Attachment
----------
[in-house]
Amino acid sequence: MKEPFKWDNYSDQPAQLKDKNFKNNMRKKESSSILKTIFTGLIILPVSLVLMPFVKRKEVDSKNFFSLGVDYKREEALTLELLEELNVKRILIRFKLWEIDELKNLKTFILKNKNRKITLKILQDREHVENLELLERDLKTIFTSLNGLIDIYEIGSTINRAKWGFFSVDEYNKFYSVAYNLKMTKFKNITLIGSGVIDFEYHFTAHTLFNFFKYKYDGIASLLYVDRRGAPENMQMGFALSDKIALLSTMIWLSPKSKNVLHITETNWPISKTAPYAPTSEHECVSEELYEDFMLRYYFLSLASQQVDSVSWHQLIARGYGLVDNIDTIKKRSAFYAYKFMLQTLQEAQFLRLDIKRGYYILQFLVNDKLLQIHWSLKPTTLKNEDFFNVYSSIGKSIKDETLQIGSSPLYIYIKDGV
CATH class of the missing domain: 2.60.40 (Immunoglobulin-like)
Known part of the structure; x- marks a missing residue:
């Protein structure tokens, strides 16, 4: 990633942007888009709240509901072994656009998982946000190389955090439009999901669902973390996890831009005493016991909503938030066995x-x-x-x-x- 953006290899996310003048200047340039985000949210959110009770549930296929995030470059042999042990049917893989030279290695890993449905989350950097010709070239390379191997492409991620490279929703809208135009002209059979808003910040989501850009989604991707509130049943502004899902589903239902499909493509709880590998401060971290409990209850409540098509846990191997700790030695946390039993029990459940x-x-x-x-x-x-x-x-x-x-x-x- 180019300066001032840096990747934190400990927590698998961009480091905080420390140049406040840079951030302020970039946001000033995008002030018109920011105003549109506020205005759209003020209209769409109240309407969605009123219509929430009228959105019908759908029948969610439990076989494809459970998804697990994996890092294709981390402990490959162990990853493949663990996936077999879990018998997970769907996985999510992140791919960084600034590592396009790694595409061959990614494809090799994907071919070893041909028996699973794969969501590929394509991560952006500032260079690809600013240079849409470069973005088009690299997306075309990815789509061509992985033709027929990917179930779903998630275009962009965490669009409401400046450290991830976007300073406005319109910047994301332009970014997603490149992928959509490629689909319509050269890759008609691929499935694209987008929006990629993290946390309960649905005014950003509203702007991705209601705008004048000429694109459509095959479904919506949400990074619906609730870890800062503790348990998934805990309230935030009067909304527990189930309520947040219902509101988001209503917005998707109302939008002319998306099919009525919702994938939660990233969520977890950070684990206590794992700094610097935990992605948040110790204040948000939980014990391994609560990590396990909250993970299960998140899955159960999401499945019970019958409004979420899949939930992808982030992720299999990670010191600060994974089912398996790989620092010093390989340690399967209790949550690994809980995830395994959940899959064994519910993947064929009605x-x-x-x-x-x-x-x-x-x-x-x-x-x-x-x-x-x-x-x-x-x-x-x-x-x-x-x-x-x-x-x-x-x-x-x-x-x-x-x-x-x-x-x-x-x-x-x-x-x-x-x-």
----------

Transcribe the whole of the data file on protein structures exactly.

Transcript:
[in-house]
Amino acid sequence: MKEPFKWDNYSDQPAQLKDKNFKNNMRKKESSSILKTIFTGLIILPVSLVLMPFVKRKEVDSKNFFSLGVDYKREEALTLELLEELNVKRILIRFKLWEIDELKNLKTFILKNKNRKITLKILQDREHVENLELLERDLKTIFTSLNGLIDIYEIGSTINRAKWGFFSVDEYNKFYSVAYNLKMTKFKNITLIGSGVIDFEYHFTAHTLFNFFKYKYDGIASLLYVDRRGAPENMQMGFALSDKIALLSTMIWLSPKSKNVLHITETNWPISKTAPYAPTSEHECVSEELYEDFMLRYYFLSLASQQVDSVSWHQLIARGYGLVDNIDTIKKRSAFYAYKFMLQTLQEAQFLRLDIKRGYYILQFLVNDKLLQIHWSLKPTTLKNEDFFNVYSSIGKSIKDETLQIGSSPLYIYIKDGV
CATH class of the missing domain: 2.60.40 (Immunoglobulin-like)
Known part of the structure; x- marks a missing residue:
């Protein structure tokens, strides 16, 4: 990633942007888009709240509901072994656009998982946000190389955090439009999901669902973390996890831009005493016991909503938030066995x-x-x-x-x- 953006290899996310003048200047340039985000949210959110009770549930296929995030470059042999042990049917893989030279290695890993449905989350950097010709070239390379191997492409991620490279929703809208135009002209059979808003910040989501850009989604991707509130049943502004899902589903239902499909493509709880590998401060971290409990209850409540098509846990191997700790030695946390039993029990459940x-x-x-x-x-x-x-x-x-x-x-x- 180019300066001032840096990747934190400990927590698998961009480091905080420390140049406040840079951030302020970039946001000033995008002030018109920011105003549109506020205005759209003020209209769409109240309407969605009123219509929430009228959105019908759908029948969610439990076989494809459970998804697990994996890092294709981390402990490959162990990853493949663990996936077999879990018998997970769907996985999510992140791919960084600034590592396009790694595409061959990614494809090799994907071919070893041909028996699973794969969501590929394509991560952006500032260079690809600013240079849409470069973005088009690299997306075309990815789509061509992985033709027929990917179930779903998630275009962009965490669009409401400046450290991830976007300073406005319109910047994301332009970014997603490149992928959509490629689909319509050269890759008609691929499935694209987008929006990629993290946390309960649905005014950003509203702007991705209601705008004048000429694109459509095959479904919506949400990074619906609730870890800062503790348990998934805990309230935030009067909304527990189930309520947040219902509101988001209503917005998707109302939008002319998306099919009525919702994938939660990233969520977890950070684990206590794992700094610097935990992605948040110790204040948000939980014990391994609560990590396990909250993970299960998140899955159960999401499945019970019958409004979420899949939930992808982030992720299999990670010191600060994974089912398996790989620092010093390989340690399967209790949550690994809980995830395994959940899959064994519910993947064929009605x-x-x-x-x-x-x-x-x-x-x-x-x-x-x-x-x-x-x-x-x-x-x-x-x-x-x-x-x-x-x-x-x-x-x-x-x-x-x-x-x-x-x-x-x-x-x-x-x-x-x-x-």